What is a HARP Mortgage?
Over the past few years, President Obama and Congress have advocated and signed into law new bills to enable homeowners who are currently “underwater” on their mortgage to refinance to today’s historically low mortgage rates. A mortgage is considered underwater when the loan amount is greater than the current appraisal value of the home. The intention of this program is to help stabilize the finances of homeowners in America, which will hopefully prevent more foreclosures, improve discretionary spending, and boost the US economy.
This program is called HARP, the Home Affordable Refinance Program and is limited to mortgages currently held by two Government Sponsored Enterprises (GSEs), Fannie Mae & Freddie Mac. There have been two versions of HARP – the first which was originally launched in March 2009 commonly referred in the industry as HARP 1.0, and a second version which was recently passed into law at the end of December, 2011, commonly referred to as HARP 2.0. The requirements to qualify to a HARP refinance mortgage are significantly relaxed with the HARP 2.0 update.
The program was originally designed to enable an estimated 5 million underwater homeowners refinance to today’s record low mortgage rates, and therefore reduce their monthly mortgage payment. Some industry experts believe the number of at-risk mortgages is closer to 8-9 million homes. However, as of 8/31/11, only 894,000 borrowers had refinanced through HARP. Given these relatively low results, President Obama announced a major update to the HARP program on 10/25/11 with the hope of significantly expanding its reach to more homeowners.
The first version of HARP had limitations for many homeowners. The first version, referred to as HARP 1.0, was limited to a maximum loan-to-value (LTV) ratios of 125%. This requirement prevented many homeowners from securing a HARP mortgage, especially those who live in markets that experienced steep declines in home values. The expanded HARP 2.0 program relaxed several requirements with the main one being the complete elimination of an LTV cap. This is a very significant benefit to homeowners who are deeply underwater on their mortgage.
Requirements to qualify for a HARP refinance:
There are many detailed requirements to qualify for a HARP mortgage. If you are currently underwater on your mortgage, you may very well qualify, and could benefit from a significantly lower mortgage rate in today’s historically low interest rate environment. Many homeowners are refinancing from a 5%-6% mortgage rate down to a 3.5% or 4.5% rate. If you are underwater on your mortgage, and are in a similar situation with your mortgage rate, I recommend you get in touch with your preferred lender very soon to see if you qualify. They can help you go through a detailed assessment.
For a quick, general understanding of the HARP program requirements, here are a few of the high-level eligibility guidelines that you will need in order to qualify:
- The mortgage on your property must be currently be owned or guaranteed by Fannie Mae or Freddie Mac.
- The mortgage loan being refinanced needs to have been originally funded before May 31, 2009.
- At the time you apply for the loan, you must be current on your mortgage payments. You can have one 30-day late payment in the past 12 months, but none within the past 6 months.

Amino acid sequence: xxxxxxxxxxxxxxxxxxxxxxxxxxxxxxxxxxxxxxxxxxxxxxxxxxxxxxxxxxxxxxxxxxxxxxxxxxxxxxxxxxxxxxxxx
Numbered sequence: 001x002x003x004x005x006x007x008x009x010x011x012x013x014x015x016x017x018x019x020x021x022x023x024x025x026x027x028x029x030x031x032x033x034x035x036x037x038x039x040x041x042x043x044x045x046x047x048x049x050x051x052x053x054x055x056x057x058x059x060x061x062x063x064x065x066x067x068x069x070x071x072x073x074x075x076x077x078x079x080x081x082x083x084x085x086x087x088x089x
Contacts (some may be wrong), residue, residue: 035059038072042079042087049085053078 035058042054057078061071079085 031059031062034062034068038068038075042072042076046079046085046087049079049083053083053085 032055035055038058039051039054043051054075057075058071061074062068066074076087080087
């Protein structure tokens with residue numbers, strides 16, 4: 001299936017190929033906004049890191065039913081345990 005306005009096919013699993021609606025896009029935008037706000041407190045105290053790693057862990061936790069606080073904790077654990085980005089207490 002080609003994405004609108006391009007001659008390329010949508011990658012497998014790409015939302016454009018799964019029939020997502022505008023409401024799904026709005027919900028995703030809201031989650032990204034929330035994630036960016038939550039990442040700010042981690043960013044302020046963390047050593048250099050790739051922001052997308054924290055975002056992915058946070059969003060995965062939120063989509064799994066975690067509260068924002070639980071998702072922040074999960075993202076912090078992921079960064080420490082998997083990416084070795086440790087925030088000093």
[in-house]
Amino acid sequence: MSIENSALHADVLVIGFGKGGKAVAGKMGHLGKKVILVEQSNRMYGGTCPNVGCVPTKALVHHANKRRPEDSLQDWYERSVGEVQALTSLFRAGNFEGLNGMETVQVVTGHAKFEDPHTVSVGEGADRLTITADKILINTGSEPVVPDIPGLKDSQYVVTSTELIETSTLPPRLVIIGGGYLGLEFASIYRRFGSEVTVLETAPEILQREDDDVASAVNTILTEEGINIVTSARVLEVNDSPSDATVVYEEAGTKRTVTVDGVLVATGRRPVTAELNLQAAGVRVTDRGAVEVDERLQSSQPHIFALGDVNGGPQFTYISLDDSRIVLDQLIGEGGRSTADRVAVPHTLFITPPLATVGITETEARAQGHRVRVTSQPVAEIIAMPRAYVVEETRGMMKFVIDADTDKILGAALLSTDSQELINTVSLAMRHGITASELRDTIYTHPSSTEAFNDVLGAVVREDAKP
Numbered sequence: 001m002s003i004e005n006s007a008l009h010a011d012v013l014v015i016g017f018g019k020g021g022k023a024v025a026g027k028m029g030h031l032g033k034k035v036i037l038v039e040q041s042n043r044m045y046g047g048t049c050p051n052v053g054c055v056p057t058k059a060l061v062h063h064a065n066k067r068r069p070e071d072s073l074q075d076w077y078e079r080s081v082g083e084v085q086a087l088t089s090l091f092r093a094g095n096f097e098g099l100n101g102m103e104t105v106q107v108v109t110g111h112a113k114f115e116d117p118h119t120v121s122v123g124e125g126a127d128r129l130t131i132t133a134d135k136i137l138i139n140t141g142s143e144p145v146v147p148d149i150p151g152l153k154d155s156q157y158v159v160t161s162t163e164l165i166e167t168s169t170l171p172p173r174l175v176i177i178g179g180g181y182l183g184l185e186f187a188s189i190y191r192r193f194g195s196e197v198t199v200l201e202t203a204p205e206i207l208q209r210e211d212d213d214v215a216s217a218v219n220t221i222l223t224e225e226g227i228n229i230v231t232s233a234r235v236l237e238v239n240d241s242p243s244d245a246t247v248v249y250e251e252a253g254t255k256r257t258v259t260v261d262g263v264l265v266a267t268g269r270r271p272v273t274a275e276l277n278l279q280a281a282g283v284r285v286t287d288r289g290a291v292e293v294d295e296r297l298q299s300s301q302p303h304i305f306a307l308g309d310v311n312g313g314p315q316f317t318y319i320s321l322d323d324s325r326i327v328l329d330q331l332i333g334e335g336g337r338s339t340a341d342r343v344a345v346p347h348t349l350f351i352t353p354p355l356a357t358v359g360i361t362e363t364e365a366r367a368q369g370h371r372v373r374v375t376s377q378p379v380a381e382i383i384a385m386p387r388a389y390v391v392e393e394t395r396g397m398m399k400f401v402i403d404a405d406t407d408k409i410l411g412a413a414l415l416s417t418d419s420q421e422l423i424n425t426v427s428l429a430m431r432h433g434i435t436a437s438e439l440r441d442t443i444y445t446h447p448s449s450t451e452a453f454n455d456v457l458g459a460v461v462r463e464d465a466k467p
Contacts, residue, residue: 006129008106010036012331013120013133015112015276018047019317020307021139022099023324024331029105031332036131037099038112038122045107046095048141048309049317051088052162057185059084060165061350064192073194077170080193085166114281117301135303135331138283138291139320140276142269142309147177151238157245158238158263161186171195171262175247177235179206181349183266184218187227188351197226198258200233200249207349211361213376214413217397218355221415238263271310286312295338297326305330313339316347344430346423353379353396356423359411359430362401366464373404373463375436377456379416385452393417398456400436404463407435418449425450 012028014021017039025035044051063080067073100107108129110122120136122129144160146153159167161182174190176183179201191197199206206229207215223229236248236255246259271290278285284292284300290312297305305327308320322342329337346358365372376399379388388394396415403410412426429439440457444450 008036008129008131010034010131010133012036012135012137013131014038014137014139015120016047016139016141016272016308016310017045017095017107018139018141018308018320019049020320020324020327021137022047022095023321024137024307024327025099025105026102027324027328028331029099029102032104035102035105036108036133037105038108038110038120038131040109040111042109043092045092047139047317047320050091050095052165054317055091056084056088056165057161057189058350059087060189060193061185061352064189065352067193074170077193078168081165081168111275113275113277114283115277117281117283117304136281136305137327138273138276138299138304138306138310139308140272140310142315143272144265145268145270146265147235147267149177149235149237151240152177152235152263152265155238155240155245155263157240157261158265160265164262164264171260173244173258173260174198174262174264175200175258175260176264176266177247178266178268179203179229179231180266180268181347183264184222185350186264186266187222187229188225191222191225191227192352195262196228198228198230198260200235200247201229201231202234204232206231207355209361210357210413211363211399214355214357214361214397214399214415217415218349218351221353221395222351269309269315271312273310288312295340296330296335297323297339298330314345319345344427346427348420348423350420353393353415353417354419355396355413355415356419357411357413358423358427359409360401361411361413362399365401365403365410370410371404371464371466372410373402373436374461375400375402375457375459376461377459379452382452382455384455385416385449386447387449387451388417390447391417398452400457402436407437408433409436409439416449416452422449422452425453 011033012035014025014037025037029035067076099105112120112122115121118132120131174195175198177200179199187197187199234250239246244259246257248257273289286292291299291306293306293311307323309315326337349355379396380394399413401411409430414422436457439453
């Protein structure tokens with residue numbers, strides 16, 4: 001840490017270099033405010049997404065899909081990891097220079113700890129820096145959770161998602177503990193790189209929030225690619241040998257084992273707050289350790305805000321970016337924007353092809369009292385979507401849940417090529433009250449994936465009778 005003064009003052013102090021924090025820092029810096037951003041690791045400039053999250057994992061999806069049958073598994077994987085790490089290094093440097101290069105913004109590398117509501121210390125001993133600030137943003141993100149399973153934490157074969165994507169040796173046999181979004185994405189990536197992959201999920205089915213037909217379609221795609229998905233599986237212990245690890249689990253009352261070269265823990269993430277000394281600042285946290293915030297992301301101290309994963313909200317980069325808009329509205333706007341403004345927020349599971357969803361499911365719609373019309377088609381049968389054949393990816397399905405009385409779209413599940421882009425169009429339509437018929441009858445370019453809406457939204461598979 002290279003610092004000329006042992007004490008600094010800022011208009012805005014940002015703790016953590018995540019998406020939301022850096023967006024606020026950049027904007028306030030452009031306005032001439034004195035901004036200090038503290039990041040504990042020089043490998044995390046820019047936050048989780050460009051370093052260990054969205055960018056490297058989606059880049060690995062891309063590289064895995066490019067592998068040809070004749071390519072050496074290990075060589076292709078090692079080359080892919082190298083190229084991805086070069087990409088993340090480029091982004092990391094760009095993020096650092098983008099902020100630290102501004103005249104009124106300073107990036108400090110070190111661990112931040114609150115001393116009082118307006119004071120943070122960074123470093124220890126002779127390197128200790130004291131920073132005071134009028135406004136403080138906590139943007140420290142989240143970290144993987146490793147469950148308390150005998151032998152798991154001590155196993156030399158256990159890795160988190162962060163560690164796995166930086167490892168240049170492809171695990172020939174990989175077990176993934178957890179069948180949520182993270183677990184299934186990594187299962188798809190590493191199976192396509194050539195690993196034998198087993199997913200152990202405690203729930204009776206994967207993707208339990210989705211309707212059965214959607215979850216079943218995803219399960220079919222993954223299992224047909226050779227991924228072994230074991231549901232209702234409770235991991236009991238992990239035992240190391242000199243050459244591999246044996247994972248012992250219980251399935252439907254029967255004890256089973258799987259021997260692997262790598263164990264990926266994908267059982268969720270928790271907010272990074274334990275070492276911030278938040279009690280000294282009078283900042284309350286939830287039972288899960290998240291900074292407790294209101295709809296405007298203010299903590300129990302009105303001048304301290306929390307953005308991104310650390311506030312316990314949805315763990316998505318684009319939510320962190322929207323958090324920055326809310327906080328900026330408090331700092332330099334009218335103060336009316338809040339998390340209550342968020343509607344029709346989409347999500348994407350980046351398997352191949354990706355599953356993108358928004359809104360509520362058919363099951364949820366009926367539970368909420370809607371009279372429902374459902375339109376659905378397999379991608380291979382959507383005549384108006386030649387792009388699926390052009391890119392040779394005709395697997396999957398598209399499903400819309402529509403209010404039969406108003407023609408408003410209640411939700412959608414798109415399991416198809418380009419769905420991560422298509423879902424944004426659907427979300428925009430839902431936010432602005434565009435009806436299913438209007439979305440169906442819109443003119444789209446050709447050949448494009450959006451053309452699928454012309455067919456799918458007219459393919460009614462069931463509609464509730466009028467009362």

- The refinancing of your mortgage needs to demonstrate that it improves the long-term affordability or stability of your loan.
- There is now no loan-to-value maximum in the new HARP program, for fixed-rate mortgages. This is the most significant change of HARP 2.0. Under previous versions of HARP, the LTV could not exceed 125%.
And here is a more exhaustive list of the requirements for HARP program. However, I still recommend you contact your preferred lender to see if you will qualify since they will have all the requirements:
|HARP 2.0 Requirements||Requirement||Additional Considerations|
|1) Loan Ownership||Needs to be currently owned or guaranteed by Fannie Mae or Freddie Mac|
|2) Date of Original Loan||Loan being refinanced needs to have been originally funded before May 31, 2009|
|3) One Time Eligibility||Can not have completed another HARP refinance since June 1, 2009|
|4) Loan Performance||Can not have made a late payment in the last 6 months||Can not have made more than one late payment in the last 12 months|
|5) Conforming Loan Limits||Loan must be under the $417,000 Fannie Mae or Freddie Mac “Conforming” loan limit||However, in high cost areas, defined by FHFA, the maximum amount can reach to $625,000|
|6) Loan to Value Ratio (LTV)||With HARP 2.0, the Loan to Value Ratio (LTV) is uncapped.||However, mortgages with LTV’s exceeding 105.01% can only be fully amortizing fixed rate mortgages with a term of 30 years or less|
|7) Improves Affordability/Stability||a) Movement from an interest-only loan to a fully amortizing loan to provide amortization of principal and build equityb) Movement from an ARM to a Fixed Rate Mortgage (FRM) to eliminate payment shock||c) Movement from an ARM to a new ARM with an initial period of 5 years or more, or = to or > that of existing mortgage (to eliminate payment shock)d) Movement from a 30 FRM to 15, 20 or 25 year FRM to accelerate amortization and build equity|
President Obama is urging Americans to take advantage of this program. The decision to refinance under the HARP program is a no-brainer if: a) you plan to be in your home for several more years and the cost to refinance is less than the mortgage interest savings during that time period , b) you are currently have a mortgage rate that is significantly above the current market rates, and c) you are “underwater” on your mortgage. More Americans need to be aware of this program, so please share this post with friends and family members who you think might be a candidate for a HARP mortgage. I hope this helps.